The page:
By Christopher Harper
This term for the U.S. Supreme Court, which opened yesterday, may be the most compelling in our lifetimes, particularly for conservatives.
Poised with a relatively solid five-vote majority, the justices have an opportunity to make some significant changes in the law. Please note that I have excluded Chief Justice John Roberts from this majority.
At the center of this new-found power, Justice Clarence Thomas came out firing rapid questions in a case involving a dispute between Tennessee and Mississippi. Justice Thomas had been known for saying few words during oral arguments, mainly because he was often a sole voice of reason in years past.
It will be refreshing to see Justice Thomas at the forefront of arguments.
On its first day, the court sent a clear warning to the left when the justices issued a terse decision NOT to grant congressional voting rights for the District of Columbia. The ruling was clear: DC isn’t a state!
The court has agreed to hear appeals that explicitly call for overruling Roe v. Wade, the 1973 decision that women had a constitutional right to end pregnancy.
The case surrounds Mississippi’s “Gestational Age Act,” which was passed in 2018 and allows abortion after 15 weeks “only in medical emergencies or for severe fetal abnormality.” If doctors perform abortions outside the parameters of the law, they could have their medical licenses suspended or revoked and may be subject to additional penalties and fines. The state’s attorney general has argued that Roe v. Wade was “egregiously wrong” and should be overturned.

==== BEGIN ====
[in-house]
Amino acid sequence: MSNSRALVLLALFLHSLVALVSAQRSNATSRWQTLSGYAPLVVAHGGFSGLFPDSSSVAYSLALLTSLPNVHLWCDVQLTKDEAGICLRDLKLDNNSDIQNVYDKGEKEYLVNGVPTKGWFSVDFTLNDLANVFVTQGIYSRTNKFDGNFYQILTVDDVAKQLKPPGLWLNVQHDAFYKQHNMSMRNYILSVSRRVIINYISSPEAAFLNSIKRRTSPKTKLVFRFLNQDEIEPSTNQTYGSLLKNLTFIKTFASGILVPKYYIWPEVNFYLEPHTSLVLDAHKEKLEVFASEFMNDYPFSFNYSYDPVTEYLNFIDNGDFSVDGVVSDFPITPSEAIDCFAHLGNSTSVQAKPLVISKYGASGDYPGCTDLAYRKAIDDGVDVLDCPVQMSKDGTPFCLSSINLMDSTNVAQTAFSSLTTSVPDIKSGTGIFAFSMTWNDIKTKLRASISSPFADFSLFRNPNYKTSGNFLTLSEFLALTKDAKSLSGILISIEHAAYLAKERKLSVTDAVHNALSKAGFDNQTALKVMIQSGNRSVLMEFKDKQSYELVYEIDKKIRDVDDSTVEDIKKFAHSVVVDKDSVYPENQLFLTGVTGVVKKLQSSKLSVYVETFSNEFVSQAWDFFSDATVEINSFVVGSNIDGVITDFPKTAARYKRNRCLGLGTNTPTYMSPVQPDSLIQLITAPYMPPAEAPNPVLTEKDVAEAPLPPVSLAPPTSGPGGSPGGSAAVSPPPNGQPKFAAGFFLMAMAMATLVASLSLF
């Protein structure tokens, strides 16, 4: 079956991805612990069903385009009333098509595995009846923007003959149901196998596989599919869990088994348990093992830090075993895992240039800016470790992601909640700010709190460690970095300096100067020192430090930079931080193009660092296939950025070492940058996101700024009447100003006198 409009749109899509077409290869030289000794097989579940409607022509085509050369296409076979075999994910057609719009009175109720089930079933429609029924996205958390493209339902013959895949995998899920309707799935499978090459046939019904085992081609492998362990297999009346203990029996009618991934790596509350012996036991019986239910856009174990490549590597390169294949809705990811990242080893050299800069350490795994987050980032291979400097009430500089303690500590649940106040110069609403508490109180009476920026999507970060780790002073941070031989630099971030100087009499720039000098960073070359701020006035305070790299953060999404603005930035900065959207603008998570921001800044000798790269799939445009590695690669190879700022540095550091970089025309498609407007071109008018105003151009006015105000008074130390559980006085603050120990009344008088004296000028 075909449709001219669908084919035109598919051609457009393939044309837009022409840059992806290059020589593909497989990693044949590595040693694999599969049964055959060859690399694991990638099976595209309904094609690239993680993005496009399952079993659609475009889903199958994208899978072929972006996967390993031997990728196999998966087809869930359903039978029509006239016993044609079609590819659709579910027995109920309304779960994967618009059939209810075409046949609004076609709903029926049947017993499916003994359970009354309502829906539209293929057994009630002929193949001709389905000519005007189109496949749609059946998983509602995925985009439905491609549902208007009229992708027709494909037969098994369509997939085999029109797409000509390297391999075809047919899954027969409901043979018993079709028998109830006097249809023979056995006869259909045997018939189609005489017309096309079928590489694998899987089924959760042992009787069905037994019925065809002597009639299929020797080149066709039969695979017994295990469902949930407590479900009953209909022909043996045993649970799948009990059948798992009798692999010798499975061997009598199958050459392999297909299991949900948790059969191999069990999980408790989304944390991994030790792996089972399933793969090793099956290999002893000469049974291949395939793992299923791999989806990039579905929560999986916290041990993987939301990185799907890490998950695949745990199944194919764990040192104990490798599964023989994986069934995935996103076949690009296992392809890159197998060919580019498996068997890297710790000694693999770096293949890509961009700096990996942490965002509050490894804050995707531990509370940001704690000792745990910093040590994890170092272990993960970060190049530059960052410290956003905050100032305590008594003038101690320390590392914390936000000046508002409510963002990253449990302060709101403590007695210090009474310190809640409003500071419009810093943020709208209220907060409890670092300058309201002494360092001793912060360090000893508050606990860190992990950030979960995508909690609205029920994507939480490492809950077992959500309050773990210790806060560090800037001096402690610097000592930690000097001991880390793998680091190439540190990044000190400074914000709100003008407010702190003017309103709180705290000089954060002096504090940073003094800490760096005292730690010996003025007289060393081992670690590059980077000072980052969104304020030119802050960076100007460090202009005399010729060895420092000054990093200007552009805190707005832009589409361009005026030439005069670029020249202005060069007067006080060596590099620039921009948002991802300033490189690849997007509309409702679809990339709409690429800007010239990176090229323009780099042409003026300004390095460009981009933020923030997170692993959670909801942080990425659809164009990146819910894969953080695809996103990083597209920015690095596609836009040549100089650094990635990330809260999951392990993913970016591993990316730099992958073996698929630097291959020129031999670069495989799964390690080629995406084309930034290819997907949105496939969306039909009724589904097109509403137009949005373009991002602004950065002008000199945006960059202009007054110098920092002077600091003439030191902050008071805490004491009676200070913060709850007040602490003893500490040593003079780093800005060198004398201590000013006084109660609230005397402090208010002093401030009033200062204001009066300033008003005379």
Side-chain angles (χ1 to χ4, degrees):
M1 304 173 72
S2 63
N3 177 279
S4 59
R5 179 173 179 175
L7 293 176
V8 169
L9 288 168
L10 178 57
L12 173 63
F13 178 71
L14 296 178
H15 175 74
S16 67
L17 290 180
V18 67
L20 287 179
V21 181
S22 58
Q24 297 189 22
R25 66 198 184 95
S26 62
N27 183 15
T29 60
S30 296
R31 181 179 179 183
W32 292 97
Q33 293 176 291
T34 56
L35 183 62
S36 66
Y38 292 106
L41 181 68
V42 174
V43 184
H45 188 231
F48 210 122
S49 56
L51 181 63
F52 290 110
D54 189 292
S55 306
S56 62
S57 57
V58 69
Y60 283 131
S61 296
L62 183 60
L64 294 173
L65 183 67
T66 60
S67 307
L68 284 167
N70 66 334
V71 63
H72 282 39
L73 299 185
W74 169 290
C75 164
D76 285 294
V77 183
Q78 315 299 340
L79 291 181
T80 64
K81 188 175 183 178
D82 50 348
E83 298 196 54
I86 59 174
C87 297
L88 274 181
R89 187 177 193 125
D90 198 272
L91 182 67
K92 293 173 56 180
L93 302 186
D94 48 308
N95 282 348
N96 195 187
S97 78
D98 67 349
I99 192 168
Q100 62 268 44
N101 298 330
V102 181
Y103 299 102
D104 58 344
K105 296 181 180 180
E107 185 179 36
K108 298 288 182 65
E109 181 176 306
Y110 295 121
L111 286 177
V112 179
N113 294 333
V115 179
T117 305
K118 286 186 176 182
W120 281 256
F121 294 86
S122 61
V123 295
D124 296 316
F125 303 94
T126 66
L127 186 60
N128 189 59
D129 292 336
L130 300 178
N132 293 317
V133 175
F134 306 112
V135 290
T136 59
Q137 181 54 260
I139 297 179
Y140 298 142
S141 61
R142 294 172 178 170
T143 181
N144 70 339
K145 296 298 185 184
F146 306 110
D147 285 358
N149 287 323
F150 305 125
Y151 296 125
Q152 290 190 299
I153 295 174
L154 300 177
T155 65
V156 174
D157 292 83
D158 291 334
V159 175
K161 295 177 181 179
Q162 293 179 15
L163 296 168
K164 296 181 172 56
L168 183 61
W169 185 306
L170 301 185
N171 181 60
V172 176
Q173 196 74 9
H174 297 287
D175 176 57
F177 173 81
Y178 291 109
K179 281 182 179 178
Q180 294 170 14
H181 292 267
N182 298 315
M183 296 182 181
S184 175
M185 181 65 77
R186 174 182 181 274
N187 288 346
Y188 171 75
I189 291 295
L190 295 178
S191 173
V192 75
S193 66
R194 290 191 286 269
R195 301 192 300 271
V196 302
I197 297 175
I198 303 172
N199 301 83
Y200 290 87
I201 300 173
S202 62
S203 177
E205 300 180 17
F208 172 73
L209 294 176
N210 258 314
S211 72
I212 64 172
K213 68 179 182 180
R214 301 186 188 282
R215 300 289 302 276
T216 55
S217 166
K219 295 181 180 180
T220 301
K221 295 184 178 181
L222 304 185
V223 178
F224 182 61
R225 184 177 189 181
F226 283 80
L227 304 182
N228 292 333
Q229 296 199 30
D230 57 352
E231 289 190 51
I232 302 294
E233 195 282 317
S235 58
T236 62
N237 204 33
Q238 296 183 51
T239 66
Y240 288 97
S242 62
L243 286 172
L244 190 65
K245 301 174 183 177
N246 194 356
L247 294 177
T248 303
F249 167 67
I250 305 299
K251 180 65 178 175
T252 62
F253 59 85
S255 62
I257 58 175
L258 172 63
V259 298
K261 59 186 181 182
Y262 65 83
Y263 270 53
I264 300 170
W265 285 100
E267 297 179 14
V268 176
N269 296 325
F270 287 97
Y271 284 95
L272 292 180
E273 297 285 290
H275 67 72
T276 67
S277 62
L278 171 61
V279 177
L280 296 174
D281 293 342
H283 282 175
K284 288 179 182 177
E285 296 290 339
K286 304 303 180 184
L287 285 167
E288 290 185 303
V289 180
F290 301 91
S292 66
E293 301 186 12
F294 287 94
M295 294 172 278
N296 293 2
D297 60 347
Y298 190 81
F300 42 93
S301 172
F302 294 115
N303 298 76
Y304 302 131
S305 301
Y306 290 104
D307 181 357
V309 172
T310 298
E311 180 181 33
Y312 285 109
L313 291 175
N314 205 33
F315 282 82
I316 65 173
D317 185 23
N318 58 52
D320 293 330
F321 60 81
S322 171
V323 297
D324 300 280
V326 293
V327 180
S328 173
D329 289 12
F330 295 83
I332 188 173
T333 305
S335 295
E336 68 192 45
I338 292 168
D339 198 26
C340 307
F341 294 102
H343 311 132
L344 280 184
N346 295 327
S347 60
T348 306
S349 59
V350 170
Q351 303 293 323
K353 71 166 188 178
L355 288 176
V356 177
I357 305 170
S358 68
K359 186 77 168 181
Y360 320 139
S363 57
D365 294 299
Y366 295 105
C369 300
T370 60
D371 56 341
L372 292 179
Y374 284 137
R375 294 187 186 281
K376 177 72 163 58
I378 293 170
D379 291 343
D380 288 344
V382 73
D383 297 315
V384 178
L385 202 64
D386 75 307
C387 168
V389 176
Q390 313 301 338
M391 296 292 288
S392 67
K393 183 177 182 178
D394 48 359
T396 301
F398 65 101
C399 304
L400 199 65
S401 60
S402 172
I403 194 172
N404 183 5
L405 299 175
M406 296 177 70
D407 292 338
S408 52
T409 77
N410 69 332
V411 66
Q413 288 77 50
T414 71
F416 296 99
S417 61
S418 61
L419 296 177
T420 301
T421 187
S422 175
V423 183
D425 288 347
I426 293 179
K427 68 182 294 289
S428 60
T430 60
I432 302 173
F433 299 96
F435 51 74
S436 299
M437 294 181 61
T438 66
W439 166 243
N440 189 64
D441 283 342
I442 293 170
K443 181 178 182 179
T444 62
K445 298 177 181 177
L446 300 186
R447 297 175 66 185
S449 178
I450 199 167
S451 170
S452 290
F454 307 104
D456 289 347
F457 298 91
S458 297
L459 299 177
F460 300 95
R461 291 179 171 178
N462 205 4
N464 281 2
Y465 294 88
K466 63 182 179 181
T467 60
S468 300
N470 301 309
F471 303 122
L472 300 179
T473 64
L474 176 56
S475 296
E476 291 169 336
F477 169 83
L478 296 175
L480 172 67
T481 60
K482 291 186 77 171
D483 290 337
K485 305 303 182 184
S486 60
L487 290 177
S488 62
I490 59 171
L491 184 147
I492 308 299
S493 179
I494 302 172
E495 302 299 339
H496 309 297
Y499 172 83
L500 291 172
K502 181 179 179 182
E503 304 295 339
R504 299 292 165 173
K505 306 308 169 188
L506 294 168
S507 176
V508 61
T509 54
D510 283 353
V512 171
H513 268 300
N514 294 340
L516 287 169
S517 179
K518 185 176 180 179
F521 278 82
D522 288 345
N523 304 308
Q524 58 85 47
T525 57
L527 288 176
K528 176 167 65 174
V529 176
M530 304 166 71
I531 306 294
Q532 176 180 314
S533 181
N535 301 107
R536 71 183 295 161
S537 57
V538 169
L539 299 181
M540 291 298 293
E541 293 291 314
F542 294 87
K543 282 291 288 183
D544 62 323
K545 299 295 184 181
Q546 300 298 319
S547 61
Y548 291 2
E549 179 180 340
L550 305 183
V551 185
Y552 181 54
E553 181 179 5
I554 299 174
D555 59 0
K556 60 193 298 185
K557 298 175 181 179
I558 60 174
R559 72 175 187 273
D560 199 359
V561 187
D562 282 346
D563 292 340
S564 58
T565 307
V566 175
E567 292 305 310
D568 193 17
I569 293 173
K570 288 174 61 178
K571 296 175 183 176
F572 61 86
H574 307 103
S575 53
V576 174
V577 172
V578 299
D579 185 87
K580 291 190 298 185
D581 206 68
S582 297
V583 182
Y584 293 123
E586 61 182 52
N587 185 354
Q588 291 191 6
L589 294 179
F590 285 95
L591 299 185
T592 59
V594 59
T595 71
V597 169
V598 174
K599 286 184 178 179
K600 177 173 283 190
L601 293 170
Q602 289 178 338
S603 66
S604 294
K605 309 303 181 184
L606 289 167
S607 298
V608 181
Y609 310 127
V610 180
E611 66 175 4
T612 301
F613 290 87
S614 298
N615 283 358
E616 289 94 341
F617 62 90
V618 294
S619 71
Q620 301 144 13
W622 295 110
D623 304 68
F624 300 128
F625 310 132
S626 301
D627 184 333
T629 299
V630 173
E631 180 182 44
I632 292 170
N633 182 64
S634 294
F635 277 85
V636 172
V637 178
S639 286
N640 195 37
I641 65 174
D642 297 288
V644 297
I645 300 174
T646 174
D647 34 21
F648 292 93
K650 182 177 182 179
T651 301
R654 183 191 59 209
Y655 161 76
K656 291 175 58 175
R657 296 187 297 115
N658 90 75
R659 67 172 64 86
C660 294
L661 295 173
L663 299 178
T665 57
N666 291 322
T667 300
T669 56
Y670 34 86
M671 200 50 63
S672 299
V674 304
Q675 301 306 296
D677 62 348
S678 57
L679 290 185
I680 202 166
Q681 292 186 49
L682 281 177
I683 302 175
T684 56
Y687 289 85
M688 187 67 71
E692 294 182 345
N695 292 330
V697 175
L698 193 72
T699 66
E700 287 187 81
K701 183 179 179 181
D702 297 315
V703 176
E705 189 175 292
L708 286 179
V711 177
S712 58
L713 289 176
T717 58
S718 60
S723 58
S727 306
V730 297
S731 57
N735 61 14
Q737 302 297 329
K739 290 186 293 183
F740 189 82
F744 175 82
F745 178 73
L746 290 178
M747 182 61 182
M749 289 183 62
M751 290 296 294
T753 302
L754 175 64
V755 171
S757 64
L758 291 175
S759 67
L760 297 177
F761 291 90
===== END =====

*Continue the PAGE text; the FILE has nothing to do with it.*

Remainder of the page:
In September, the court declined to block an even more restrictive Texas abortion law, on a 5-4 vote. Chief Justice Roberts found himself in dissent along with the three liberal justices.
Another case, which is set for arguments in November, challenges a New York state law limiting concealed weapons permits. The court could expand Second Amendment rights to allow handguns in public. In 2008 and 2010 decisions, the court recognized a constitutional right to keep a handgun at home for self-defense.
Several cases reflect the court’s concern for religious expression. In November, the justices will consider a condemned Texas inmate’s claim that the state must let his pastor lay hands upon him while he is executed.
A December argument challenges Maine’s public education system, which relies on state tuition vouchers for private schools. Half the state’s school districts don’t have enough students to justify schools of their own, so the state reimburses tuition at secular private schools. Parents who prefer religious schools argue that the program is discriminatory.
The court also agreed recently to consider whether the city of Boston, which allows outside groups to fly their banners from flagpoles outside City Hall, violated the First Amendment by rejecting a cross-bearing “Christian flag.”
The hollering from the left started even before the court convened, with abortion advocates protesting in front of the court’s building. Moreover, the media have renewed their rumblings about the rightward tilt of the court. For example, The News York Times has declared that the court is “off the rails.”
I guess it’s time buckle up for what is likely to be an interesting year!